Though Anthony Bourdain was a celebrated chef, author and television host, he never warmly embraced the spotlight. If he had the choice between spending time with a noted celebrity or a regular person, he’d take the Average Joe every time.
Though he was born in New York City, New Jersey was where he grew up and called home for this youth. As a part of his CNN travel and food show “Parts Unknown,” Bourdain took viewers to some of his favorite spots in Jersey during an episode in the fifth season.
As a way to honor the late Leonia hometown star, the state legislature created the Anthony Bourdain Food Trail featuring the restaurants from his show. Guests will find no fancy dining on this list and definitely no chain restaurants. It is mainly family and locally owned spots where homemade dishes and recipes passed down through generations dominate the menu.
1. Hiram’s Roadstand, Fort Lee —
Since 1932, this counter service community staple has been offering up classic deep-fried hot dogs as well as cheeseburgers and cheesy fries. Bourdain grew up minutes from the spot and often came there with his family. “This is my happy place,” he once mused.
2. Frank’s Deli & Restaurant, Asbury Park —
This cash-only luncheonette features overstuffed sandwiches for breakfast and lunch as well as soups, salads and platters. When Bourdain stopped in, he had a traditional Jersey sandwich, with salami, provolone, pepperoni and boiled ham.
3. Kubel’s, Barnegat Light —
A full-service tavern that dates back to the 1920s, Bourdain visited this spot as a youngest filling up on clams. Folks often request to sit at the table he used which now features a photo from his visit. Their dinner menu includes items from the land and sea such as New York strip steak and a seafood pot featuring a smorgasbord of the tastiest ocean dwellers.
4. Dock’s Oyster House, Atlantic City —
This upscale seafood restaurant has been feeding dinner to locals and tourists since 1897. While they do offer steak and lamb, seafood is a majority of the menu, including oysters, lobster, chowders, chilled shellfish and sea scallops.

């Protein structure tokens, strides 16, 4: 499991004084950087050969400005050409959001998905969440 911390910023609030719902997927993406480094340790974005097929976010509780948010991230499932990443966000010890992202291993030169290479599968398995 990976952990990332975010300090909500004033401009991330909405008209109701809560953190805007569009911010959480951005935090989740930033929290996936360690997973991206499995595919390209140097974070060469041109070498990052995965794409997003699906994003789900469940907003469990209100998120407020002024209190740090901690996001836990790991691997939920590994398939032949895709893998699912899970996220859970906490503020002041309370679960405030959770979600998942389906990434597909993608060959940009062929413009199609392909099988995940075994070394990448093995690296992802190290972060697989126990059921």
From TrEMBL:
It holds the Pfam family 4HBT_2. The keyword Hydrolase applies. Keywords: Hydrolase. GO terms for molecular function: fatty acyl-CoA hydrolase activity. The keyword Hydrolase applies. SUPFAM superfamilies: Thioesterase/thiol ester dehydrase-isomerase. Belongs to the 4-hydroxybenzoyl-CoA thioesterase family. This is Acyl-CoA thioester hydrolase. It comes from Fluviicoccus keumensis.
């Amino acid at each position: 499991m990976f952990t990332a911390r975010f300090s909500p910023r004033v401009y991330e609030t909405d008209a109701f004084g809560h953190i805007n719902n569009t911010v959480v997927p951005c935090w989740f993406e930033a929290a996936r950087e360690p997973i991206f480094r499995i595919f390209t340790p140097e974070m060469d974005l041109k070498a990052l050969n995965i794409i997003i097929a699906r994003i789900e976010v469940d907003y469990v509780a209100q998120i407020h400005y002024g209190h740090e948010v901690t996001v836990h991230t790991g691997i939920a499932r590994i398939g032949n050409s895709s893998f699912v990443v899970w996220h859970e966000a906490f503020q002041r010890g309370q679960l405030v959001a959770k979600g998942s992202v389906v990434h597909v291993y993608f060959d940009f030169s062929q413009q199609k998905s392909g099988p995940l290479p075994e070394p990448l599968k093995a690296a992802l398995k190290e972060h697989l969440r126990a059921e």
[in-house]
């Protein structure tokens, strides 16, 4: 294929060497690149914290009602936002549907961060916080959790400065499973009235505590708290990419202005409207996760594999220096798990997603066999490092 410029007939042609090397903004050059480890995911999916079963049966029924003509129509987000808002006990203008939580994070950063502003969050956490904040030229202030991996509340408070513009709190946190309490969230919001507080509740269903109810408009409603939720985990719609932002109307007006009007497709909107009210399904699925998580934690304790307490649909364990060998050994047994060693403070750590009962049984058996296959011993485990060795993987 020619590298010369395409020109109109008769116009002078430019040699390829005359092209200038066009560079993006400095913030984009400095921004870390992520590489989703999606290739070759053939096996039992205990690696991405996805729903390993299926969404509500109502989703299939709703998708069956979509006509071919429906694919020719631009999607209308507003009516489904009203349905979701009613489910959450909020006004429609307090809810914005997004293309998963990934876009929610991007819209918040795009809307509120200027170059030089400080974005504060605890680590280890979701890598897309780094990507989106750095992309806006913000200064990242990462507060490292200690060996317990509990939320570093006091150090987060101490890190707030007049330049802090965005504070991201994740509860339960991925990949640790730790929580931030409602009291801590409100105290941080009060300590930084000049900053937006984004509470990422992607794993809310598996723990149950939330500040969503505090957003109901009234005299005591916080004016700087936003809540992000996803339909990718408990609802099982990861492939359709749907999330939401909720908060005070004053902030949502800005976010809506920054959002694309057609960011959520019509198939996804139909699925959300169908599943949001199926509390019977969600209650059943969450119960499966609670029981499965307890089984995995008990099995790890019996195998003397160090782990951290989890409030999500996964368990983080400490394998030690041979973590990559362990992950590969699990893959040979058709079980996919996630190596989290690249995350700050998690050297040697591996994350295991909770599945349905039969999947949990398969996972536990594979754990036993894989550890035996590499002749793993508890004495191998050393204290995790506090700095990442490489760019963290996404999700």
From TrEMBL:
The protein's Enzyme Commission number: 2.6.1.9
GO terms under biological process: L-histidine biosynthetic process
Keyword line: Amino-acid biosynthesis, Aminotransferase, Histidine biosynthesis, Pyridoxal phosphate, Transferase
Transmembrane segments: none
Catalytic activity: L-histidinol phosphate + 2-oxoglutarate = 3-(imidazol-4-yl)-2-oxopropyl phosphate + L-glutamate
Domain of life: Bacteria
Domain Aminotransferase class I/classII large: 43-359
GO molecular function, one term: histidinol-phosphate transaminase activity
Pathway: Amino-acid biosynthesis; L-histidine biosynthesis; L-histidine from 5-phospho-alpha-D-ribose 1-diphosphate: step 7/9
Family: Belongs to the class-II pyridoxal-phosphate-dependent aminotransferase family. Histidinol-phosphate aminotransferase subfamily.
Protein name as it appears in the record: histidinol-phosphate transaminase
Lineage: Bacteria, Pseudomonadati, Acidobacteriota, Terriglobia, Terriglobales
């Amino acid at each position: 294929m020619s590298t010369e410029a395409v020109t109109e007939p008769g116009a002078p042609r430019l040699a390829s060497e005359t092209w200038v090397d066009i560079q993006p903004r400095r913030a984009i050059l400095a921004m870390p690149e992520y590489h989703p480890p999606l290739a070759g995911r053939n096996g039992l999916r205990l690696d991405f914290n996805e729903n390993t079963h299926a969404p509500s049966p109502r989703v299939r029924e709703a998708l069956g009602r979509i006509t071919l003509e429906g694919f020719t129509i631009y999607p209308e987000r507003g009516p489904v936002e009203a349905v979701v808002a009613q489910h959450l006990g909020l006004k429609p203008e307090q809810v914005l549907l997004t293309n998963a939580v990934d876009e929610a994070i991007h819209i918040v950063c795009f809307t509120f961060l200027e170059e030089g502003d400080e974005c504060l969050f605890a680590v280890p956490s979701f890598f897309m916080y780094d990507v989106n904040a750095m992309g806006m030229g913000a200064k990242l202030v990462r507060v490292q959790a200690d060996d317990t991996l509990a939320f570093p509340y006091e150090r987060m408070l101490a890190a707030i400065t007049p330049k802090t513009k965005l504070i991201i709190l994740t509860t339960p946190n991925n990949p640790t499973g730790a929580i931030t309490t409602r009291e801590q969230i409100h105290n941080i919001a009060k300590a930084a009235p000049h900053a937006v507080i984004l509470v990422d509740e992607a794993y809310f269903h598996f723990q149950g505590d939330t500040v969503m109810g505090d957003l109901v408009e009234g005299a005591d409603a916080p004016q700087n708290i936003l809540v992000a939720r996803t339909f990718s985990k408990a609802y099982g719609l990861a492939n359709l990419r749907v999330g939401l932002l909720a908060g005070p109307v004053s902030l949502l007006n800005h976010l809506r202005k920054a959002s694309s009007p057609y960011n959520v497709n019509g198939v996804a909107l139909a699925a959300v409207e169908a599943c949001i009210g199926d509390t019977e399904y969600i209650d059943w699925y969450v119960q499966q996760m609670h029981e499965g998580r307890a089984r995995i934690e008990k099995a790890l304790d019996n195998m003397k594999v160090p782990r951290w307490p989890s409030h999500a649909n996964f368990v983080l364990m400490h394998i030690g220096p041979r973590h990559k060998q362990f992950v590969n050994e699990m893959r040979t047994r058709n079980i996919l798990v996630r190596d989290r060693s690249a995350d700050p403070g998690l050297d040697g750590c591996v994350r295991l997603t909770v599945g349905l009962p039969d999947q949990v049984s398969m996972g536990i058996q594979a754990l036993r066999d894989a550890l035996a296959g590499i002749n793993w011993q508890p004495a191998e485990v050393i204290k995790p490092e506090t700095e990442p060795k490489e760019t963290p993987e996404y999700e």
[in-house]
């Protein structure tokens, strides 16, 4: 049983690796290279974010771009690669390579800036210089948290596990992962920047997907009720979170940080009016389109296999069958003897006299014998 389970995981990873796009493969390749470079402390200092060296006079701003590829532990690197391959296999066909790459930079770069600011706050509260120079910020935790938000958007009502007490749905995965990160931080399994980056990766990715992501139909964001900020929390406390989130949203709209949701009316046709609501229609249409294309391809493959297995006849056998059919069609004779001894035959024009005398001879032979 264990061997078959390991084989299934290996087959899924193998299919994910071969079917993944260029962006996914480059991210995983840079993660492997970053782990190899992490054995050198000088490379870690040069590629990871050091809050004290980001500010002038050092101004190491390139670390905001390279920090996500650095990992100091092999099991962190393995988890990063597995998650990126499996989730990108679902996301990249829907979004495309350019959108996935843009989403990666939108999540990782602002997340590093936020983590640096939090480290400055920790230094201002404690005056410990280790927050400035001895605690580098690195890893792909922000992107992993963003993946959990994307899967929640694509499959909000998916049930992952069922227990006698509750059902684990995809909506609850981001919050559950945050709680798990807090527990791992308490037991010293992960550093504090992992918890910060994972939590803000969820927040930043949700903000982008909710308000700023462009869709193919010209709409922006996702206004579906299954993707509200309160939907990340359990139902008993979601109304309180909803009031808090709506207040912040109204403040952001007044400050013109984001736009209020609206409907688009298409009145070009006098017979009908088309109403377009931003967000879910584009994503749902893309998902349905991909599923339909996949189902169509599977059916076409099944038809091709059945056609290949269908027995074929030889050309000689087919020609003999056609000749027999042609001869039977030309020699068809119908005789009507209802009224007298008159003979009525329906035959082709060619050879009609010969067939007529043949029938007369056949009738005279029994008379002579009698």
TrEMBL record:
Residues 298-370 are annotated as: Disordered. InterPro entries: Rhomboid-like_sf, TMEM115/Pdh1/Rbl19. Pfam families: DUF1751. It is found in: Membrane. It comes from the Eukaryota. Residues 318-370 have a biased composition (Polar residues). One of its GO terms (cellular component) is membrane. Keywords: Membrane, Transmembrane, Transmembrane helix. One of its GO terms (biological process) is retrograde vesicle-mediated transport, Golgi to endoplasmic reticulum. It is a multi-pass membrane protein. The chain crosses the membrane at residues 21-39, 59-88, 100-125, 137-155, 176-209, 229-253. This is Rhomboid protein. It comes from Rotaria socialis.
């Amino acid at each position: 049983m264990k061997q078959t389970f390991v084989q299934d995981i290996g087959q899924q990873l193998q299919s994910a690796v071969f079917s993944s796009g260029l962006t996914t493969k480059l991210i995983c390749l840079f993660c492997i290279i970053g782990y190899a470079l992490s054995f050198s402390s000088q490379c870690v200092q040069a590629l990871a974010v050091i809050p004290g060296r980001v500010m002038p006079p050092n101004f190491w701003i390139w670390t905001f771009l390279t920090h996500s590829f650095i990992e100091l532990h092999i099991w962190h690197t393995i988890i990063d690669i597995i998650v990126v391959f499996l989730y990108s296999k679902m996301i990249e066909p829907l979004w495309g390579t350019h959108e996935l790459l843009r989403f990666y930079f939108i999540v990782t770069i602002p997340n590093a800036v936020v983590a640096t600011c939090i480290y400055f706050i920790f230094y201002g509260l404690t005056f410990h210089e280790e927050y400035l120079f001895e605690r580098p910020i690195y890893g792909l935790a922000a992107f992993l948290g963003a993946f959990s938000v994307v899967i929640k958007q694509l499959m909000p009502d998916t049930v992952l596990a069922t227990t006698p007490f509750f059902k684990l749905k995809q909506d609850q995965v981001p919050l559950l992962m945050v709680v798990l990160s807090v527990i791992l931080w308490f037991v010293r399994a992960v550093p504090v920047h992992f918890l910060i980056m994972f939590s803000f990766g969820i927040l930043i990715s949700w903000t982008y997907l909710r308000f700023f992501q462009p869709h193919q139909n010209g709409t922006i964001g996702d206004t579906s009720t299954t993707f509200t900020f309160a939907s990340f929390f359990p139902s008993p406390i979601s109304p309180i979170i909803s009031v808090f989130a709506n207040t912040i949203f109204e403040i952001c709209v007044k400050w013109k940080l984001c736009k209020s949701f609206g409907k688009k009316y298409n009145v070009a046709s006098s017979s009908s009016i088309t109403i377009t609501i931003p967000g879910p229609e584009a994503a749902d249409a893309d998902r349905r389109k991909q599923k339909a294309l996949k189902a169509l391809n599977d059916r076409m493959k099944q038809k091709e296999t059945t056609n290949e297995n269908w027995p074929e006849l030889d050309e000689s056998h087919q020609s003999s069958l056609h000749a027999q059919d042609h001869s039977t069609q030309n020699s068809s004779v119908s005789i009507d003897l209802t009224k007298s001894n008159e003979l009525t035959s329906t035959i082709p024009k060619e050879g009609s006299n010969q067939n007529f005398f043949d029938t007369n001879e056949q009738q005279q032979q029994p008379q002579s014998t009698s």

5. Knife & Fork Inn, Atlantic City —
Founded in 1912 by then-mayor and his “cronies” as an exclusive men’s drinking and dining club, this bar and restaurant continues to hark back to the Prohibition-era after an extensive renovation in the early 2000s. The upscale spot’s menu includes sustainable offers as well as steaks, seafood and chops.
6. Tony’s Baltimore Grill, Atlantic City —
Bourdain happily noted, as he was chowing down on their pasta, “this is the taste of my youth.” Featuring old-school Jersey-Italian dishes, this spot dates back to 1927 and is known for its late-night pizza and comforting pasta offerings.
7. James Original Salt Water Taffy, Atlantic City —
During his return to Jersey, Bourdain admitted that he did not like sweets but was a “sucker for nostalgia.” Since taffy was born in New Jersey, he headed to this boardwalk mainstay, which has been charming sweets lovers since the 1880s.
8. Lucille’s Country Cooking, Barnegat —
Located in the Pine Barrens, this local favorite opened in 1975 after serving as a turkey freezer. (Their neighbor was a now-closed turkey farm.) When Bourdain came, he chowed down on breakfast mainstays such as scrapple, home fries and scrambled eggs. Before leaving, check out the Jersey Devil memorabilia which showcases the legendary local creature described as a flying biped with hooves.
9. Donkey’s Place, Camden —
Philadelphia gets all the good press for cheesesteaks, but Bourdain only had eyes for this restaurant’s sandwich, declaring that the meal “should be a national landmark.” Open for more than 75 years, this spot devotes all its attention to the cheesesteak featuring fried onions, American cheese, optional crushed red cherry peppers on a poppy seed roll.
10. Tony & Ruth’s Steaks, Camden —
Devoted to breakfast and lunch dating back nearly 50 years, Bourdain sat at the counter to chow down on rice, eggs, and beans. Named for the original owners, the spot is a local favorite with many guests visiting for more than 20 years.
By Gina Gallucci-White